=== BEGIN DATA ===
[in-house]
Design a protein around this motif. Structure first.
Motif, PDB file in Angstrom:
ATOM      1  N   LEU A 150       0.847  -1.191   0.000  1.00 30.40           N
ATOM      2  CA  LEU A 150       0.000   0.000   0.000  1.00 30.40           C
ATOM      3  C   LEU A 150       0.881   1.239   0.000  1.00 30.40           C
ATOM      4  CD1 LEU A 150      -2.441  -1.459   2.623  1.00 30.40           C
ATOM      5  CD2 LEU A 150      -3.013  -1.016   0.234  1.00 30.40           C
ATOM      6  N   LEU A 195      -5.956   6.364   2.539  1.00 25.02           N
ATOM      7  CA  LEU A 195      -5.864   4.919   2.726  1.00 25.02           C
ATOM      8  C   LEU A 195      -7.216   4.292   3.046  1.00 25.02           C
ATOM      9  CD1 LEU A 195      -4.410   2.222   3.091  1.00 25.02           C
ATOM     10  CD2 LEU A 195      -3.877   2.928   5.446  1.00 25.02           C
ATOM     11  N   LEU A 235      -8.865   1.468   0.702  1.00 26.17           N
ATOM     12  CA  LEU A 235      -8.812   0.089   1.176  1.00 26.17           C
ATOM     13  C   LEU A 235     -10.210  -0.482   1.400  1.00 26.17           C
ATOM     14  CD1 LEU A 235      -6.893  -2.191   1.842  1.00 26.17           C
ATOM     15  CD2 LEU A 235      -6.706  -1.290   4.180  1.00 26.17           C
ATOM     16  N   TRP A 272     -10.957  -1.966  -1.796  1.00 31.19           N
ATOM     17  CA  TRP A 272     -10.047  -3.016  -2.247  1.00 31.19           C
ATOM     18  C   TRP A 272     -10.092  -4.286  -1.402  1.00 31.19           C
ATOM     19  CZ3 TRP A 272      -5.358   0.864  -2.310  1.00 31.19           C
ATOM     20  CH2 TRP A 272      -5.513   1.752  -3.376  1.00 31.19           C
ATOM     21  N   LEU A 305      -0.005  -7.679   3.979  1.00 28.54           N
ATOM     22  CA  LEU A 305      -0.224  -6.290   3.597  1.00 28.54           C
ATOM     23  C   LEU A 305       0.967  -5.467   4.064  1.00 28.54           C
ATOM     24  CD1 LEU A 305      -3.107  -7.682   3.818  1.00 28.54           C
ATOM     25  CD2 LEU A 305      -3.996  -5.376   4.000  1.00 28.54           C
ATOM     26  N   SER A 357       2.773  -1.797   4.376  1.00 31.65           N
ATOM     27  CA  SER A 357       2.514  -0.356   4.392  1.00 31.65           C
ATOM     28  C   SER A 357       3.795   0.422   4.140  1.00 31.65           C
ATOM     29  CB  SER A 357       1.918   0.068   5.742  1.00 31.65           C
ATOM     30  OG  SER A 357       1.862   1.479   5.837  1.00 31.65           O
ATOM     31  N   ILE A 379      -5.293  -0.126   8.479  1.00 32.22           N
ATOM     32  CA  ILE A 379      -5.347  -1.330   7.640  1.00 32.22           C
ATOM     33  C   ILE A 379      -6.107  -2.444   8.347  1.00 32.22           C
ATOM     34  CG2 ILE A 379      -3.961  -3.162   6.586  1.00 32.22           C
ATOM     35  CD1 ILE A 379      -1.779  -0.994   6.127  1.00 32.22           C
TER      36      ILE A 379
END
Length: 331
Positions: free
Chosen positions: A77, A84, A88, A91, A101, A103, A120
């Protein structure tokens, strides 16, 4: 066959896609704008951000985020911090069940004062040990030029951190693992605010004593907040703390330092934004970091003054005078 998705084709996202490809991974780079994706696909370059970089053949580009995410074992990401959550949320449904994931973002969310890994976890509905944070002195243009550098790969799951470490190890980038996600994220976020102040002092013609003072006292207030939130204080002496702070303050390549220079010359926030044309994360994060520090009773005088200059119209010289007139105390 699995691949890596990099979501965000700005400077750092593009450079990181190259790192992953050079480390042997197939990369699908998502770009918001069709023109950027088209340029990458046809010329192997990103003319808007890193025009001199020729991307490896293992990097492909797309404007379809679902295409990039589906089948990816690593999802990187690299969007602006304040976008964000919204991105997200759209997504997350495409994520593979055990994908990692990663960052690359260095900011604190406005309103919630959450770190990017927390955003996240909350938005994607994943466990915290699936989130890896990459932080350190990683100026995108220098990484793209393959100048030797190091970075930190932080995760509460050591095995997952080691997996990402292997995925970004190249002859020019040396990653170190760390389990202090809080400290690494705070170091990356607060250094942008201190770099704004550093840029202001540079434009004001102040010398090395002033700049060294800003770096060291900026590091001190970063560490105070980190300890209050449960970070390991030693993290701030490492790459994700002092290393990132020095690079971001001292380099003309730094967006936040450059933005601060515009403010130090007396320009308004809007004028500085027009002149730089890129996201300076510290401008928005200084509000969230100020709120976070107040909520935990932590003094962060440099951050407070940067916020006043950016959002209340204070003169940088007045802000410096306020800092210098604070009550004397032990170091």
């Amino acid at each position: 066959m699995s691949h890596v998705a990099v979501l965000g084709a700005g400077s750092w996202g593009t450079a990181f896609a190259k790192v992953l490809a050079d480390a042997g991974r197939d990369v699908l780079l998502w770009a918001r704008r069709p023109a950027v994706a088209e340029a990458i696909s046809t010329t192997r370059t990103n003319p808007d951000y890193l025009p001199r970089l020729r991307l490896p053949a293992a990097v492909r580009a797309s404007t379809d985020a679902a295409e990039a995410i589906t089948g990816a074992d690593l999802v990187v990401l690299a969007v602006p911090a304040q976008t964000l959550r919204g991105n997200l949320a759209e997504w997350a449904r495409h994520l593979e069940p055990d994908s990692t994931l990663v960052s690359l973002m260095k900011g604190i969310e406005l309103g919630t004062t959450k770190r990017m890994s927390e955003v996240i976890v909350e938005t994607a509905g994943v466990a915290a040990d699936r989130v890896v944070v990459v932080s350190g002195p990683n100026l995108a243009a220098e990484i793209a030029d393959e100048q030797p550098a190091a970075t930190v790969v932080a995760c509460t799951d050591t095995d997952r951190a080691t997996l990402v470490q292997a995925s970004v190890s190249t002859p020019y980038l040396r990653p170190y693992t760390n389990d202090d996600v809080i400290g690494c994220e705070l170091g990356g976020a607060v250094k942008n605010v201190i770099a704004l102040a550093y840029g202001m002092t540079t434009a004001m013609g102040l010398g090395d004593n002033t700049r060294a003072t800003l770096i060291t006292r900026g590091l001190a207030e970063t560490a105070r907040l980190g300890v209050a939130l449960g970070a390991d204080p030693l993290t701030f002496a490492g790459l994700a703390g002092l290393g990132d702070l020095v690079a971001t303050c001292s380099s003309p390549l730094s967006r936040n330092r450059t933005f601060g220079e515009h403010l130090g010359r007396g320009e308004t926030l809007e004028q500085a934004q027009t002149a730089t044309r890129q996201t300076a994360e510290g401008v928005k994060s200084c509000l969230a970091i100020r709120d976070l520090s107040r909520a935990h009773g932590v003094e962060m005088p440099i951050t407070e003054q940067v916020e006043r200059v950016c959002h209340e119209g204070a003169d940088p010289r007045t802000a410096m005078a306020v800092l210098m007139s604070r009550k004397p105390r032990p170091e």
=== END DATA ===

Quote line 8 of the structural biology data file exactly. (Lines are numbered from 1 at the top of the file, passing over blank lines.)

ATOM      5  CD2 LEU A 150      -3.013  -1.016   0.234  1.00 30.40           C